Ten Tiny Breaths, by KA Tucker

>> Saturday, November 09, 2013

TITLE: Ten Tiny Breaths

PAGES: 262
PUBLISHER: Self-published

SETTING: Contemporary US
TYPE: New Adult
SERIES: There's a sequel telling the sister's story

Kacey Cleary’s whole life imploded four years ago in a drunk-driving accident. Now she’s working hard to bury the pieces left behind—all but one. Her little sister, Livie. Kacey can swallow the constant disapproval from her born-again aunt Darla over her self-destructive lifestyle; she can stop herself from going kick-boxer crazy on Uncle Raymond when he loses the girls’ college funds at a blackjack table. She just needs to keep it together until Livie is no longer a minor, and then they can get the hell out of Grand Rapids, Michigan.

But when Uncle Raymond slides into bed next to Livie one night, Kacey decides it’s time to run. Armed with two bus tickets and dreams of living near the coast, Kacey and Livie start their new lives in a Miami apartment complex, complete with a grumpy landlord, a pervert upstairs, and a neighbor with a stage name perfectly matched to her chosen “profession.” But Kacey’s not worried. She can handle all of them.

What she can’t handle is Trent Emerson in apartment 1D. Kacey doesn’t want to feel. She doesn’t. It’s safer that way. For everyone. But sexy Trent finds a way into her numb heart, reigniting her ability to love again. She starts to believe that maybe she can leave the past where it belongs and start over. Maybe she’s not beyond repair.

But Kacey isn’t the only one who’s broken. Seemingly perfect Trent has an unforgiveable past of his own; one that, when discovered, will shatter Kacey’s newly constructed life and send her back into suffocating darkness.

The basic plot here is very typical NA: Heroine with a huge, horrible tragedy in her past, which has made her withdrawn from life. Hero who tries to reach her, but who has secrets of his own. With such a popular set-up, you're always going to get good and bad executions, and I thought this was one for the 'good' column.

Kacey Cleary is the sole survivor of a drunk driving accident which killed not only her parents, not only her boyfriend, but her best friend as well. Understandably, this left her pretty messed up. For a while she tried all the standard self-destructive ways of coping with tragedy, until her younger sister, Livie made her promise Kacey wouldn't leave her as well. As the book starts, Kacey is still not coping that well, but she's doing better. And then she discovers that the uncle they live with has made sexual advances on Livie, and realises they need to get out of there.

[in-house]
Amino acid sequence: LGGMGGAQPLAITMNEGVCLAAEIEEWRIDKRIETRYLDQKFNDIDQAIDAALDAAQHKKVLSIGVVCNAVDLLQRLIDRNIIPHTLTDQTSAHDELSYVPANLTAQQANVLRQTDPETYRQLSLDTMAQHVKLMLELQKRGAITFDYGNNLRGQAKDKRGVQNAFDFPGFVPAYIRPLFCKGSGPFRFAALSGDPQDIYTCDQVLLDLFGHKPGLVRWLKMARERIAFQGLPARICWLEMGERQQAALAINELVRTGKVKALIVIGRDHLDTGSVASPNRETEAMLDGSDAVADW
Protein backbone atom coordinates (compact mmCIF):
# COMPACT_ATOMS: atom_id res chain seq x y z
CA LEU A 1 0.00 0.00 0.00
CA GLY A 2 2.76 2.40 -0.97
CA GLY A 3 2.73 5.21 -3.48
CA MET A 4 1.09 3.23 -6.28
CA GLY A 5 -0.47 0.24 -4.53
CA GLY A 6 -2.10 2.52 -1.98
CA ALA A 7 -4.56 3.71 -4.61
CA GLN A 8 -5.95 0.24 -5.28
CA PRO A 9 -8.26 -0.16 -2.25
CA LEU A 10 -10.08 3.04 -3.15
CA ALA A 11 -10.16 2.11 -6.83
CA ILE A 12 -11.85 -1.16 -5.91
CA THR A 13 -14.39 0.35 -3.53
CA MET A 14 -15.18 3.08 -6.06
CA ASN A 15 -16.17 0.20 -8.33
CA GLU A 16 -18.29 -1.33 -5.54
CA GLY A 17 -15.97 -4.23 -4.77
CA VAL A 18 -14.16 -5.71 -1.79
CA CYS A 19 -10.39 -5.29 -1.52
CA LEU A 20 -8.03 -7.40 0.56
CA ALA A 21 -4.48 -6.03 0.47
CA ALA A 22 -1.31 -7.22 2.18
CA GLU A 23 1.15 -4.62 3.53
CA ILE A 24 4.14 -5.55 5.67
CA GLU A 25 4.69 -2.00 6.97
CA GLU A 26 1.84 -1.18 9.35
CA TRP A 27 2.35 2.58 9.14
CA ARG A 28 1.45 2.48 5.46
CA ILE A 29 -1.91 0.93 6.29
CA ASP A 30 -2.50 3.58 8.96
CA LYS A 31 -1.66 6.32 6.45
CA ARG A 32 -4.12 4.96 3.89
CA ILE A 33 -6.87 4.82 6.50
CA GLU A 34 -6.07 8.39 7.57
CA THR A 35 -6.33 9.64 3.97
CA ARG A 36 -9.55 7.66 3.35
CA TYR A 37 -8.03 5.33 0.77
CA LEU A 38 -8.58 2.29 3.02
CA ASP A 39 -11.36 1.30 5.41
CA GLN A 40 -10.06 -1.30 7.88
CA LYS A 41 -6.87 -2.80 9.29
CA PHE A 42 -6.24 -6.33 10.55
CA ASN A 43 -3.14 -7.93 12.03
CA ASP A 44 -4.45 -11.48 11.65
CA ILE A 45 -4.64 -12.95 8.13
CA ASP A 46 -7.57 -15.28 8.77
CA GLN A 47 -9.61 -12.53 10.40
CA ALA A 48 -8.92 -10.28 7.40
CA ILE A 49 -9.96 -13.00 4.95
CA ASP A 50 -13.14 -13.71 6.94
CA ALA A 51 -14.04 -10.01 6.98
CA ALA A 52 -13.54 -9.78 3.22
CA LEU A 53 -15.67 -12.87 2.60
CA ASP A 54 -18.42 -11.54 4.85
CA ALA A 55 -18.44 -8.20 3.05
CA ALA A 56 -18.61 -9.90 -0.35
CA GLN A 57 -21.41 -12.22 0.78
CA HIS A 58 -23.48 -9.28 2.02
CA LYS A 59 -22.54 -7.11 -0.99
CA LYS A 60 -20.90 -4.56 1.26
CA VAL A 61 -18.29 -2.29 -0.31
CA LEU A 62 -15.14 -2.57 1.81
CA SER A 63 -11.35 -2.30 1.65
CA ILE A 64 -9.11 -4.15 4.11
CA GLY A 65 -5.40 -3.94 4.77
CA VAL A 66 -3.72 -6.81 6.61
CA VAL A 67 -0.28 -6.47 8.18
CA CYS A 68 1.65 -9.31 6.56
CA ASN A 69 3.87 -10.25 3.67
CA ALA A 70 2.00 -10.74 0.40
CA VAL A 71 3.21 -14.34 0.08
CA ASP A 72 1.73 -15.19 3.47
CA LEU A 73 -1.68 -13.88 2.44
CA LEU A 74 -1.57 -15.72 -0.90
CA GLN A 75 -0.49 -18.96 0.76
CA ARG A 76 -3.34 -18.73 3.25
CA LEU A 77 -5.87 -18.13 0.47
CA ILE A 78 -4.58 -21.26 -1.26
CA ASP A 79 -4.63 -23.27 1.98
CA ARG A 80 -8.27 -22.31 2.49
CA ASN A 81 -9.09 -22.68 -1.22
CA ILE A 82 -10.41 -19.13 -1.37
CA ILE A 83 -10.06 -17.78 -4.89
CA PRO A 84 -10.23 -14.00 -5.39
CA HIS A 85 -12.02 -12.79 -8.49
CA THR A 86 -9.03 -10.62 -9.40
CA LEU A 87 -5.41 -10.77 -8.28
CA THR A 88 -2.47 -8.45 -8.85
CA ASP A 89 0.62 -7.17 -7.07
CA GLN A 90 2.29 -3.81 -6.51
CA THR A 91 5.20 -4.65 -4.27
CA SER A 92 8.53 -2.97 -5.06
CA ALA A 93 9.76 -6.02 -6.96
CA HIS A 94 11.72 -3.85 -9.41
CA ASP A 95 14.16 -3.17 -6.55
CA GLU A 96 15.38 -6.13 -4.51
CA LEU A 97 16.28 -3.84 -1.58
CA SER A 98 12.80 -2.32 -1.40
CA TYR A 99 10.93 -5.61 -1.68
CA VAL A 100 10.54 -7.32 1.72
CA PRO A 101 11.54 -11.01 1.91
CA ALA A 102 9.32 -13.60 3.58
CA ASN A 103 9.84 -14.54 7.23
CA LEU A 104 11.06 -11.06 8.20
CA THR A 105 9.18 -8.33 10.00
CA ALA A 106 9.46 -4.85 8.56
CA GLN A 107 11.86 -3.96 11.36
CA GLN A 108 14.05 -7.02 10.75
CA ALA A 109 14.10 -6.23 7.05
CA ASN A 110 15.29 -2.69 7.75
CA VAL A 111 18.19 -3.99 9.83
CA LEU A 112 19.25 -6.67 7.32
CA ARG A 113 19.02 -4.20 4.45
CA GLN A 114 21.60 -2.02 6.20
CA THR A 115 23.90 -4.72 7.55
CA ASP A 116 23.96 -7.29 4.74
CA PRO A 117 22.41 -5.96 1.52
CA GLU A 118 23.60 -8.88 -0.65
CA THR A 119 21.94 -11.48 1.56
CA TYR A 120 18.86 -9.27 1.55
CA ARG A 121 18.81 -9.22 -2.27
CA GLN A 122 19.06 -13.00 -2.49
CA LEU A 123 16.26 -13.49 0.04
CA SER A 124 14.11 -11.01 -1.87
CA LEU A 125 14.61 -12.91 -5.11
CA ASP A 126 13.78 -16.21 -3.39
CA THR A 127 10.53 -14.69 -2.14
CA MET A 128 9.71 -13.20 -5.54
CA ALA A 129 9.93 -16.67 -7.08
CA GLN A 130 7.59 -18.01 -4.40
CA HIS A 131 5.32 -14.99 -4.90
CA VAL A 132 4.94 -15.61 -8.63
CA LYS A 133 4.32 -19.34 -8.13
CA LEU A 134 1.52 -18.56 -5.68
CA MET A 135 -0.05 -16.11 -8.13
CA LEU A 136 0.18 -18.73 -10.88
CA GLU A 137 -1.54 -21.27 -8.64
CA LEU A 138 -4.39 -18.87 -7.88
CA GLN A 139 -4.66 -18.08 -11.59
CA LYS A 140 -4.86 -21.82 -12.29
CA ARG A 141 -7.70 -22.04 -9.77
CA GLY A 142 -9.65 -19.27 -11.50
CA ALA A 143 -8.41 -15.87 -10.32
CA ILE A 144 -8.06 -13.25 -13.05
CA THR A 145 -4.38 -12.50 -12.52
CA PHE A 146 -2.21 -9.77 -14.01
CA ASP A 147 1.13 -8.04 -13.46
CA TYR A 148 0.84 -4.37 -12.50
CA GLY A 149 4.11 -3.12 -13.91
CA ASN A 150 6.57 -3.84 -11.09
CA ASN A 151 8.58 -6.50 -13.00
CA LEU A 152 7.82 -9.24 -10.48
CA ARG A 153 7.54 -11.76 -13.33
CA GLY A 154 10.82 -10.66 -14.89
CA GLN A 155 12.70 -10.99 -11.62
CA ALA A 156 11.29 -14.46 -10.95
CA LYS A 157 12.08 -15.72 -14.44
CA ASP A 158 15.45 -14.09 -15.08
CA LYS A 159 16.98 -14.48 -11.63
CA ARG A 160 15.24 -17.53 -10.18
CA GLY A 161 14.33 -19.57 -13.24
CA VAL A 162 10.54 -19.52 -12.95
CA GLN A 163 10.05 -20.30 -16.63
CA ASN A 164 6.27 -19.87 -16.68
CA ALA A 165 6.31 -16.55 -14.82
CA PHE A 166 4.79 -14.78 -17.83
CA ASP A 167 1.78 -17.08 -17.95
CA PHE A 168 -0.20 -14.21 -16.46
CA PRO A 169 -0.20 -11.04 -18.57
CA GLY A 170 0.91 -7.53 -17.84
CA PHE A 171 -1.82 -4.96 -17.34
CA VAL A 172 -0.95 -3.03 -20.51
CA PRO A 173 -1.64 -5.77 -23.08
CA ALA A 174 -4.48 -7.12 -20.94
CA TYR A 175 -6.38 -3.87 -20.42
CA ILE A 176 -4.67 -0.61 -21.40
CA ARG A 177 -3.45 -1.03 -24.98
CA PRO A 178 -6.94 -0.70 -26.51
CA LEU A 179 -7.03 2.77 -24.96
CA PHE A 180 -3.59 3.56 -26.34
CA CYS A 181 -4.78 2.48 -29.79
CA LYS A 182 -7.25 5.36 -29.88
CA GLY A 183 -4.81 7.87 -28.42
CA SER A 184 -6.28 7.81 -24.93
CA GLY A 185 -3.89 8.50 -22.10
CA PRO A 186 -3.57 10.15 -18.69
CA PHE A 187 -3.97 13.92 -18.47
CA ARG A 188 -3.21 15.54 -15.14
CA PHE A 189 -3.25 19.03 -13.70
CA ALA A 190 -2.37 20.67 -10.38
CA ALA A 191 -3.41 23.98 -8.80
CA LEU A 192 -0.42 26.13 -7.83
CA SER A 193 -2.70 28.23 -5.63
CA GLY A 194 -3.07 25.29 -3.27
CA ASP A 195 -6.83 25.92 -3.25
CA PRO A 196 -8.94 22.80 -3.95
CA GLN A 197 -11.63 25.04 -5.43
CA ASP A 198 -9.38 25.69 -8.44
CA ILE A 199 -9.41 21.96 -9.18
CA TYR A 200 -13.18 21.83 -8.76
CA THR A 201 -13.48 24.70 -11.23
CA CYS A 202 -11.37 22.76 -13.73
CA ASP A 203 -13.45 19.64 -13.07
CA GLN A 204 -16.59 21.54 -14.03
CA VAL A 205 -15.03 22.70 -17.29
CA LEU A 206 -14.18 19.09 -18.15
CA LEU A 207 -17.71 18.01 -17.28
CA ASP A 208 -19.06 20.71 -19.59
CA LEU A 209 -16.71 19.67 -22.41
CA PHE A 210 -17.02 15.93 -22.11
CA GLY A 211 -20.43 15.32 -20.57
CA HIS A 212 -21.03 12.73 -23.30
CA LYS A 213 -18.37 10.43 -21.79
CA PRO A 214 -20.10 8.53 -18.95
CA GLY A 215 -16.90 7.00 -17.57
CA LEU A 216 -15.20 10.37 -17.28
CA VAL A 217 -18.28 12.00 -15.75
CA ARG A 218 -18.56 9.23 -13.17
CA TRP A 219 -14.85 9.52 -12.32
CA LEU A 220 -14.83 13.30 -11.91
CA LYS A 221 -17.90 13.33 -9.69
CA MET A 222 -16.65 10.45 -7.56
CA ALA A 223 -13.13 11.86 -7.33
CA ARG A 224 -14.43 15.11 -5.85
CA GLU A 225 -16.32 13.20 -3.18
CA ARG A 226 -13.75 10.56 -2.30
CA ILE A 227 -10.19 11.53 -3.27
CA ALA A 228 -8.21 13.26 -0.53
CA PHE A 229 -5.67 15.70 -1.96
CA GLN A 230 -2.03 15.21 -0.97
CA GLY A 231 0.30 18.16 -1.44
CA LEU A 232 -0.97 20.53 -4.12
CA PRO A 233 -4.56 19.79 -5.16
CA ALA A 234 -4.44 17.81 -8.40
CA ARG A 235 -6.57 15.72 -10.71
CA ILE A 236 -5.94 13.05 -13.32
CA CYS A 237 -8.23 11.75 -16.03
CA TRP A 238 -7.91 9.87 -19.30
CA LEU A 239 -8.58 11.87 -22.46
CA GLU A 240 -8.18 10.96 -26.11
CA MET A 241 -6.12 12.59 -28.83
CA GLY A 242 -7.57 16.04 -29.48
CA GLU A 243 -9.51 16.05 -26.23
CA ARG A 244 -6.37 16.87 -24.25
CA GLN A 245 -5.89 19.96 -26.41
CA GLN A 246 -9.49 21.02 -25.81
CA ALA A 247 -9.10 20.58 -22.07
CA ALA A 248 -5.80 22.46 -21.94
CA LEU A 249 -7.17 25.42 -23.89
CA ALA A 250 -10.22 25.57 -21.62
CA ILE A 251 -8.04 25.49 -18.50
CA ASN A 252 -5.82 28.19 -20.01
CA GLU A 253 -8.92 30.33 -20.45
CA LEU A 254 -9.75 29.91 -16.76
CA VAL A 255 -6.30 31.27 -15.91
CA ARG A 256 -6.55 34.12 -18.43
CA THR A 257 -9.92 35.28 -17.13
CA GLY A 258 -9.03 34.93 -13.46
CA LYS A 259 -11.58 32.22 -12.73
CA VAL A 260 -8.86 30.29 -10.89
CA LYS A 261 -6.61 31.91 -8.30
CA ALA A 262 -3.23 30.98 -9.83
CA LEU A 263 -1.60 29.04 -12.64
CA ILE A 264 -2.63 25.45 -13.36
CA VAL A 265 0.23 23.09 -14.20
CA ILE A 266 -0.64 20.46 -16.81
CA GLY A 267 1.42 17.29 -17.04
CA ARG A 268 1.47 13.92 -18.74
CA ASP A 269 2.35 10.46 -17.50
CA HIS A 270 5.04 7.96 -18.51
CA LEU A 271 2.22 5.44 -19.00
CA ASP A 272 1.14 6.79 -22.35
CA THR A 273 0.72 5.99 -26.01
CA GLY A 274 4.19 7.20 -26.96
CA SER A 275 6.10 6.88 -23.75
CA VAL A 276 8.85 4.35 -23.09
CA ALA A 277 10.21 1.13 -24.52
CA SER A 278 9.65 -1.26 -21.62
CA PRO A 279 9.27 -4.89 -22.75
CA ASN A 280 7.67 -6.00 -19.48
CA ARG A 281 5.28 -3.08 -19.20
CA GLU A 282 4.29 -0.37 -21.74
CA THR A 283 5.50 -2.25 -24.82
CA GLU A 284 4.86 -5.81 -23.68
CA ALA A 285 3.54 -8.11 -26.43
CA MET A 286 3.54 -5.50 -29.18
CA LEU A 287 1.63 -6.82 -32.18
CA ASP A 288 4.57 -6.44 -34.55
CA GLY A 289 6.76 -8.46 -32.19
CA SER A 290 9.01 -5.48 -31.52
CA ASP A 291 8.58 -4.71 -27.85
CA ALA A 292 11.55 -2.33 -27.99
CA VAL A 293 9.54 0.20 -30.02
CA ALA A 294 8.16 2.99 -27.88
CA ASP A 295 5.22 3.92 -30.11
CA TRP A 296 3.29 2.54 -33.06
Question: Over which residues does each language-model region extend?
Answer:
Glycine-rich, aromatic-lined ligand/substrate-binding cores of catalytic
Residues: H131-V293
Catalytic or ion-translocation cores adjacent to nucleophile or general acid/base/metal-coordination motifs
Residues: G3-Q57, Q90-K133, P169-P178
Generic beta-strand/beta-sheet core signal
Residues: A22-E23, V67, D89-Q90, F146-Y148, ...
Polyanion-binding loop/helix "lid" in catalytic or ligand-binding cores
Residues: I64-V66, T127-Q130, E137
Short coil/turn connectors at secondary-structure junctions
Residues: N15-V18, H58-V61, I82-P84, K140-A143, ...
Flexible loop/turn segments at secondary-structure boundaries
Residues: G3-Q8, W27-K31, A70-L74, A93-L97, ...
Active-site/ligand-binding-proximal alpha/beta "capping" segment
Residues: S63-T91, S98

The two end up living in an appartment complex in Florida (I pictured something like the one in Melrose Place), where Kacey ends up getting close to two of the neighbours. The first is Storm, who becomes a friend and offers Kacey a job as a waitress in the club where she strips. The second takes a while longer. His name is Trent, and he's about Kacey's age and much too attractive. After a while, Kacey beings to feel that she can start building a regular life and begin to develop relationships with people again. But it turns out Trent has his own issues, and they are such that they threaten his relationship with Kacey.

Ten Tiny Breaths is an angsty read, but angsty in a way I enjoyed. Although there is a romance, the highlight for me was seeing Kacey heal, moving away from a numb state, where she hardly cares what happens to her and is completely isolated from anyone but her sister. This is done in a gradual, believable way. The romance fit well into that theme. It was possibly a bit too fast to be believable, but I did buy it. Finally, I particularly appreciated the non-stereotypical way in which Tucker portrayed Storm, and how she got her own really sweet (in a good way) HEA.

My only problem with this book is, like most people I know who've read it, with the ending. There's a twist, and those developments (I'm trying to be vague here) result in a resolution which I'm not sure was a healthy one for everyone involved.

Since this is self-published, I should say something about the writing. It's not awful, but it's not great, either. There are some typos, some words used incorrectly, and the author needs to learn how to use hyphens properly, but it wasn't too distracting, or even bad enough to lower the grade.



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